On April 7, 2021, the White House released a fact sheet announcing that President Joe Biden will use the Department of Justice (DOJ) to publish model red flag “legislation,” address AR-pistols with stabilizer braces, and issue a rule to “stop the proliferation of ‘ghost guns.’”
Breitbart News reported that Biden planned to put forward executive action on gun controls Thursday, and the fact sheet provides an outline detailing what those actions may entail.
According to the White House:
The Justice Department, within 60 days, will publish model “red flag” legislation for states.
- The Justice Department, within 60 days, will issue a proposed rule to make clear when a device marketed as a stabilizing brace effectively turns a pistol into a short-barreled rifle subject to the requirements of the National Firearms Act.
The Justice Department, within 30 days, will issue a proposed rule to help stop the proliferation of “ghost guns.”
The White House notes that Biden will also have “five federal agencies [make] changes to 26 different programs to direct vital support to community violence intervention programs as quickly as possible.” The White House made clear the agencies are acting where Congress has not: “These changes mean we can start increasing investments in community violence interventions as we wait on Congress to appropriate additional funds.”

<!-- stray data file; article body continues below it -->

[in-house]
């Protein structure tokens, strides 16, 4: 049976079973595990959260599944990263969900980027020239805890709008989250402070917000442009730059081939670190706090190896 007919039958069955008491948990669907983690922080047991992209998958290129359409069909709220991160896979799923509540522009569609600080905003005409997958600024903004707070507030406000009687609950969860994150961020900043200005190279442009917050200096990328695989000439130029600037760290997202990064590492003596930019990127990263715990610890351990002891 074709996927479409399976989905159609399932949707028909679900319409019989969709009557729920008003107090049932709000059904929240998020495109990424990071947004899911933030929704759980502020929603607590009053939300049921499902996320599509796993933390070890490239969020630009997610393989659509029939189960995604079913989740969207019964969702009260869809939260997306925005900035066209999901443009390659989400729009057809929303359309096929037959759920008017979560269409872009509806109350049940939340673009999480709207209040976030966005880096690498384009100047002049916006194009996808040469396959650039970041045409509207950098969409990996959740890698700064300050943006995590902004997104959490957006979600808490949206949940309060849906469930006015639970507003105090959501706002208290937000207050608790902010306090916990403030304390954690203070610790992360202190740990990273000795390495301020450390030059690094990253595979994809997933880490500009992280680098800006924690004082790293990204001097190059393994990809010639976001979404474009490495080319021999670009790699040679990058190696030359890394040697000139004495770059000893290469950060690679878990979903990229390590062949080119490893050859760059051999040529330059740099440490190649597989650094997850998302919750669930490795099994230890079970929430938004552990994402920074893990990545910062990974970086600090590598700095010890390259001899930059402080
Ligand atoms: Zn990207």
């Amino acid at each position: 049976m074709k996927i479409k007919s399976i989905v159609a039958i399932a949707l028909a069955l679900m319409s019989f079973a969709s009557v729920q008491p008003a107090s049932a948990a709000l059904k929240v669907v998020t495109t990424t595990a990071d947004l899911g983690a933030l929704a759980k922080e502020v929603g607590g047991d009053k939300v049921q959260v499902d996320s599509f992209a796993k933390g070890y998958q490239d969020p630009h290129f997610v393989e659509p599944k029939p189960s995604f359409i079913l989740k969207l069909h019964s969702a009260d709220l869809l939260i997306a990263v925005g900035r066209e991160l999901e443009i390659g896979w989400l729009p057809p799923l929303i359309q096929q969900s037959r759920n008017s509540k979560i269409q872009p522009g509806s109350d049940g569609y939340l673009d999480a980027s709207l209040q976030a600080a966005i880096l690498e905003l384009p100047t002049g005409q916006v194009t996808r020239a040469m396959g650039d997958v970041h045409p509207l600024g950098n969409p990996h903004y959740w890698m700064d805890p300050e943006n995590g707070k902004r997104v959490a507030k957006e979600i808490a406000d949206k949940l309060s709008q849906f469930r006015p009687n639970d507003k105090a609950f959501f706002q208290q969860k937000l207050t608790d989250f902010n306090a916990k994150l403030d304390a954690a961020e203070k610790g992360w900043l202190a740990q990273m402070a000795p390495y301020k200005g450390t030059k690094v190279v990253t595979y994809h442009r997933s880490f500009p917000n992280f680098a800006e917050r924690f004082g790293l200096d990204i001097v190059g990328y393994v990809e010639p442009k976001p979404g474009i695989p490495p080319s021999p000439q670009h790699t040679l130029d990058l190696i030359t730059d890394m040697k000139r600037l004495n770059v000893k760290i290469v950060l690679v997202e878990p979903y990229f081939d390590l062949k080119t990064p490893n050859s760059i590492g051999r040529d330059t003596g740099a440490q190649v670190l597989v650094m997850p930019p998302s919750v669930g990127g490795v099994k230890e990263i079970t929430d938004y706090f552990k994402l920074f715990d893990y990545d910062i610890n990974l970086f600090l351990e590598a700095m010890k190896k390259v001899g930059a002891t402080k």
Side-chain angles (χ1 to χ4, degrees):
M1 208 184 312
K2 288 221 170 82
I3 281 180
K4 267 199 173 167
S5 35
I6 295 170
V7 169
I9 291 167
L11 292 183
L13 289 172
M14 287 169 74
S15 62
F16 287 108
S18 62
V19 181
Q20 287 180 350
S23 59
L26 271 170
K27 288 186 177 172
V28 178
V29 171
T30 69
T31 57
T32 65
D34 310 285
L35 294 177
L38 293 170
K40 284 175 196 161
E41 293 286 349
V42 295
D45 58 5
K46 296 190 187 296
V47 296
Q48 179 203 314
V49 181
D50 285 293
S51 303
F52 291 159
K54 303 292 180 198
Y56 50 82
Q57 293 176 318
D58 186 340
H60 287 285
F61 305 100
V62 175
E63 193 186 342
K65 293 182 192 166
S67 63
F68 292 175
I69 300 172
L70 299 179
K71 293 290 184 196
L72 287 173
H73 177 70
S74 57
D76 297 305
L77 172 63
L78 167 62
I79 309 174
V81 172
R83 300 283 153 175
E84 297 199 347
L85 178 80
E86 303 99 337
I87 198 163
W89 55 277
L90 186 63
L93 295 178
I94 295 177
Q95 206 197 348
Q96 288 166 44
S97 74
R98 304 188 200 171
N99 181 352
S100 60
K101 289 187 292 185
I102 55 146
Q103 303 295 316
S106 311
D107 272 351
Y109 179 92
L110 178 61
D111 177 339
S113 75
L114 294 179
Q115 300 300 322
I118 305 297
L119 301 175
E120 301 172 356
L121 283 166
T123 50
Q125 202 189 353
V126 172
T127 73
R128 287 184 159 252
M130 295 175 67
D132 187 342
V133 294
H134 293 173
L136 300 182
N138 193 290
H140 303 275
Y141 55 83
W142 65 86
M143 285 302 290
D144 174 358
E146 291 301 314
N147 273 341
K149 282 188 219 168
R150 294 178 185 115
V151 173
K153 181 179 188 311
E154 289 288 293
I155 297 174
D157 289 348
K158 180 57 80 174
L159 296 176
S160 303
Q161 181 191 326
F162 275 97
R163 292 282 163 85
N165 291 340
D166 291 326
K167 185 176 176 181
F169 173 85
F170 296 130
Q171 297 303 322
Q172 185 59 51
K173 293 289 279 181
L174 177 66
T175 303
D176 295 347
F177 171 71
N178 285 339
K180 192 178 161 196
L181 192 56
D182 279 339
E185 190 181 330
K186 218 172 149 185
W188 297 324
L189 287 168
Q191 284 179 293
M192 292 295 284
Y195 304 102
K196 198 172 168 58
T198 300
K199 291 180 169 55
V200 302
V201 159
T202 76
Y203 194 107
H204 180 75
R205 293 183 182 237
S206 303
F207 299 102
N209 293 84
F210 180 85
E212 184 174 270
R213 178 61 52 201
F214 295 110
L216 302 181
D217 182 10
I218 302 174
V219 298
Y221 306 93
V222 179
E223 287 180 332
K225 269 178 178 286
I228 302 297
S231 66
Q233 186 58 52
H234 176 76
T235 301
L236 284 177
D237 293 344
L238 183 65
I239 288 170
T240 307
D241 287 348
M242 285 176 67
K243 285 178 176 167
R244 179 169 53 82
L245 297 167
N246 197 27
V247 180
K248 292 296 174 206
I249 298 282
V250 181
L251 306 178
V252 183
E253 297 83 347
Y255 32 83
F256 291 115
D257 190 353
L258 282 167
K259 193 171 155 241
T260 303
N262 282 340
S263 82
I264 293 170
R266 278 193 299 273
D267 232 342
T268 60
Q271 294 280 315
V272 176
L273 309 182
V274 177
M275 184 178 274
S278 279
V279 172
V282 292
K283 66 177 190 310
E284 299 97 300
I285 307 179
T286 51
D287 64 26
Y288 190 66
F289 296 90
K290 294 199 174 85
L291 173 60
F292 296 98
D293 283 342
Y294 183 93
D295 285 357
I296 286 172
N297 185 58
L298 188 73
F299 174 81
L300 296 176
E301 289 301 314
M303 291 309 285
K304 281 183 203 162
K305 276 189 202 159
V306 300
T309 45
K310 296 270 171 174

The White House explained that the DOJ will also begin “[issuing] an annual report on firearms trafficking.” One of the goals of the report will be to guide “policymakers” in crafting new regulations (and laws) to institute over time.
The Bureau of Alcohol, Tobacco, Firearms and Explosives (ATF) pushed to recategorize AR-pistols with stabilizer braces in late 2020 then abandoned the effort amid public outcry.
On December 23, 2020, Breitbart News reported that the ATF withdrew their recategorization guidelines, but Biden’s push to have the DOJ refocus on AR-pistols appears to mean the recategorization push is receiving new life.
The purchase of AR-pistols categorized as “short-barreled rifles” could require being fingerprinted and photographed, as well as undergoing a background check, registering the firearm with the ATF, paying the federal government a $200 tax (on top of the price of the firearm), and waiting nine to ten months for the whole purchasing process to be completed. That is the standard process for other firearms and accessories under the purview of the National Firearms Act.